FLORIDA Perception vs. Reality
Four generations of family (from left): Charles DeFoor (my grandfather, 1900-1966), C.L. DeFoor (great-grandfather, 1868-1963); Len DeFoor (uncle, 1939); and me upfront (1953) — circa 1956 at the family home in Coral Gables.
[Photographs courtesy of Allison DeFoor]
So said the Old Miami (pronounced "miamuh") crowd in the 1950s when waves of northern Jews began to take over Miami Beach, until then a WASP stronghold. The Jewish immigrants would make the same cry when the Cuban émigrés arrived.
Perhaps you get the point.
My family has been around Florida now for nine generations (including my grandkids) and has seen this movie numerous times. (Don't be too impressed — anyone in peninsular Florida before mosquito control and air conditioning was on the lam from somewhere and something; my mother's ancestors were fleeing Charleston and creditors. My father's family was part of the diaspora from Georgia in the 1910s and '20s when a quarter of Georgia moved to Florida. This produced the famous quote from Gov. Talmadge Sr. that "he didn't know what was going on but it was raising the IQ of both states." )
It seems to be the inescapable destiny of Florida to be a moving paradise for groups who come here seeking, and often finding, at least for awhile, their Place in the Sun. Even the Natives — Seminole and Miccosukee — were transplants from Alabama Creek tribes, on the lam themselves (Seminole being derived under one version from a Spanish adjective for runaway, cimarron). They came and filled the void left when the last original Natives decamped for Havana in the 1700s.
Along with the Spanish, English and French seeking their Place in the Sun, we have had Danes (Dania); Finns (Lake Worth); Norwegians (Oslo in Indian River County); Japanese (Yamato Road in Boca Raton); Amish and Mennonites (Sarasota); and all manner of retirees and exiles from all over Central and South America.
Florida has been the kind of place where Johnnie Byrd could come after leaving Alabama for Plant City in 1988, hang out his law shingle and six years later be in line to become Speaker of the House of Representatives. Former state Sen. Curt Kiser moved here right out of college in Iowa with a few hundred bucks in his pockets, plenty of pluck and ambition and invented himself as a major political figure for a generation.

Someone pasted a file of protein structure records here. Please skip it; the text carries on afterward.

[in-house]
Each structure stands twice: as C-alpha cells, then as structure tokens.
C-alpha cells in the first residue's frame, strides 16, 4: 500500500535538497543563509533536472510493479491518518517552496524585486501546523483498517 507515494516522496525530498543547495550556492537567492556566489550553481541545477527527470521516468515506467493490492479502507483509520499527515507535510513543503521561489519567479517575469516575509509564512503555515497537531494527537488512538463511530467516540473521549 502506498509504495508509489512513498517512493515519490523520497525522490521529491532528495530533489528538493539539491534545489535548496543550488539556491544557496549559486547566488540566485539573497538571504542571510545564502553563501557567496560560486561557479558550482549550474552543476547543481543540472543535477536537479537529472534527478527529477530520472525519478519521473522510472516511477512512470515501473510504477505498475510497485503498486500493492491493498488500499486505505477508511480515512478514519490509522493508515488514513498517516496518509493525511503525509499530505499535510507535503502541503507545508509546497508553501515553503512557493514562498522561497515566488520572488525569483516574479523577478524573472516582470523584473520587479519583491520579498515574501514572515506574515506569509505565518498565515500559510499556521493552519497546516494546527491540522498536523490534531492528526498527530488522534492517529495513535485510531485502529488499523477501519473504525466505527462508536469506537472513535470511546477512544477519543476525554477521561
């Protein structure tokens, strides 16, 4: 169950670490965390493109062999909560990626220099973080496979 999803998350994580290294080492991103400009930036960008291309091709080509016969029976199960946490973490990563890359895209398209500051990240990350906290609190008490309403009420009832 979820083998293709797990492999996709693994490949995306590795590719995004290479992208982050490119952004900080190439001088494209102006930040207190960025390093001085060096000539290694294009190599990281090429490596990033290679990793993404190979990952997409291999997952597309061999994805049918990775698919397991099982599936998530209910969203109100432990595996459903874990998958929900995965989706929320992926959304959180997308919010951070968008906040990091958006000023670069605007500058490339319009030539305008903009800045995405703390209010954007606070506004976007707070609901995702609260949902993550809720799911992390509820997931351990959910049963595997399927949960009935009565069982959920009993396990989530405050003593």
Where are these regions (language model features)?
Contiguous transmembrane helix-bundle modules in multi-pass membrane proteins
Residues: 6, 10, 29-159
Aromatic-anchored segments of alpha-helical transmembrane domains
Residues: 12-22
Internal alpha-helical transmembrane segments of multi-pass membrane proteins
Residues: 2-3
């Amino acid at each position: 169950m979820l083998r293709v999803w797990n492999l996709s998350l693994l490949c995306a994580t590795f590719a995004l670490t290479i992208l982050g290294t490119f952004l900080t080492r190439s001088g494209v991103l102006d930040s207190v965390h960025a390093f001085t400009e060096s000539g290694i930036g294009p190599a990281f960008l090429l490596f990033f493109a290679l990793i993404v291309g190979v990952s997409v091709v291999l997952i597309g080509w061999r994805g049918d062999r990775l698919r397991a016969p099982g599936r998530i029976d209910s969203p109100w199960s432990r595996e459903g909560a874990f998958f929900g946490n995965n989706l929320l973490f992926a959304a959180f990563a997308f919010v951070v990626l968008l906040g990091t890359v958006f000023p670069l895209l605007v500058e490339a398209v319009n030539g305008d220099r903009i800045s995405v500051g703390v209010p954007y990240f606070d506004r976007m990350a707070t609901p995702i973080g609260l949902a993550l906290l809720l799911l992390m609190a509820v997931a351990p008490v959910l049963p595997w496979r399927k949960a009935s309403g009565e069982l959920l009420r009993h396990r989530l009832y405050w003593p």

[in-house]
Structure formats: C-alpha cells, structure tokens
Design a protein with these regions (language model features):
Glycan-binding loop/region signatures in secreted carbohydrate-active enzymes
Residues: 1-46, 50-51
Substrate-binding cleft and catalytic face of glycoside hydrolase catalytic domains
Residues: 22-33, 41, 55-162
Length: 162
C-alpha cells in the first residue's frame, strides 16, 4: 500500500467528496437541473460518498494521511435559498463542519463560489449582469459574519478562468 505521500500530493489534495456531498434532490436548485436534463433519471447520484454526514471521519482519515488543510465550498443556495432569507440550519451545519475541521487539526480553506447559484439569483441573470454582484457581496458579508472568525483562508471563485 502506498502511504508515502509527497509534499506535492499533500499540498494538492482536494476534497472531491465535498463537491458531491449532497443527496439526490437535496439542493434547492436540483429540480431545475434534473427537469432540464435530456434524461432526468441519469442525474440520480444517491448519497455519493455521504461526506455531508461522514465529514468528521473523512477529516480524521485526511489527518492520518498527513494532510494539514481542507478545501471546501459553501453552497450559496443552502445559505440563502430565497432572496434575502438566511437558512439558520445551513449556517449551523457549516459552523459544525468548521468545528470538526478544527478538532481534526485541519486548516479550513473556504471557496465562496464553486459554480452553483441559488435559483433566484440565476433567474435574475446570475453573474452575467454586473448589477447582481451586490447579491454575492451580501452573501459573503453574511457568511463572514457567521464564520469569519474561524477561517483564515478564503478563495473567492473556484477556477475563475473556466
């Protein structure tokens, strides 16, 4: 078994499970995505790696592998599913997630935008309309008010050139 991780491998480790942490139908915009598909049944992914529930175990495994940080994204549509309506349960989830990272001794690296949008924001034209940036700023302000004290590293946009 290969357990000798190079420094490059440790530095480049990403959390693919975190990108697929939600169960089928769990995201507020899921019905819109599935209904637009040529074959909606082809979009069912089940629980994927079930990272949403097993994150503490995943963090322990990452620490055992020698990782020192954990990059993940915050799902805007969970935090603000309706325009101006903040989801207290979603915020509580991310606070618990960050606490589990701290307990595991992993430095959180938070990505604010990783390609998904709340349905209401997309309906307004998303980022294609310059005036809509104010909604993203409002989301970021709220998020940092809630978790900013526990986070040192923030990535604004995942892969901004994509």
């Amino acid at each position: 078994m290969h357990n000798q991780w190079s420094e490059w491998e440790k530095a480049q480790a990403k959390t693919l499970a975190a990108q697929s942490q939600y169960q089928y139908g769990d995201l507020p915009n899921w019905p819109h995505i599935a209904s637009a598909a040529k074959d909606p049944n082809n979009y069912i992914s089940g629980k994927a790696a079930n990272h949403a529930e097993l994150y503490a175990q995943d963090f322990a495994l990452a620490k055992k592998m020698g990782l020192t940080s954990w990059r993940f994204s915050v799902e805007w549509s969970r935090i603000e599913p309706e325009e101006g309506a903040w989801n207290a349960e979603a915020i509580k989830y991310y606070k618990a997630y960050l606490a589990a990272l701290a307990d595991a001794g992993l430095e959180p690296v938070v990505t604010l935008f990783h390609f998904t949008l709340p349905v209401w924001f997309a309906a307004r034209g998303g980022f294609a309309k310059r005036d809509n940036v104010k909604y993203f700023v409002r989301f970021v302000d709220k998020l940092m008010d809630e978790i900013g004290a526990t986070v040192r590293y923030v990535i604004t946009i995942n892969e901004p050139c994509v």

Florida, named for the Easter season of rejuvenation, Pascua Florida (Feast of the Flowers), has, however historically inaccurate, always offered the legendary Fountain of Youth.
That's what is happening now. It is reinventing itself again. This time, probably in a way that will take it from adolescence and into early adulthood. The horizons that gave a young Kiser or a DeFoor, for that matter, almost unlimited room to maneuver may be a little more limited these days. Likewise for snowbirds seeking a warmer, cheaper winter in Florida. This is due, in no small part, to demographics. Florida was the smallest and poorest state in the South, save Arkansas, in my mother's youth. Now we are a mega-state but still lacking the infrastructure of the peers of Texas, New York and California.
Sheer pluck alone will not be enough these days. It will take a little more work. But so far, as Florida "grows up," we've retained a certain "anything is possible" spirit that still fills the air, and that is a good thing.
And once again, Florida is pregnant with possibility and opportunity. Enough, at least, to keep this Old Cracker son from casting more than an occasional wandering eye toward Australia and Belize and remaining down home here at Home. If I am lucky, my kids and grandkids too. Stick around, the next reel of the film is just starting for us all.
|Allison DeFoor is an attorney and an Episcopal priest working in prisons and on prison reform. He was a judge and sheriff of Monroe County before running as Gov. Bob Martinez's running mate in 1990.|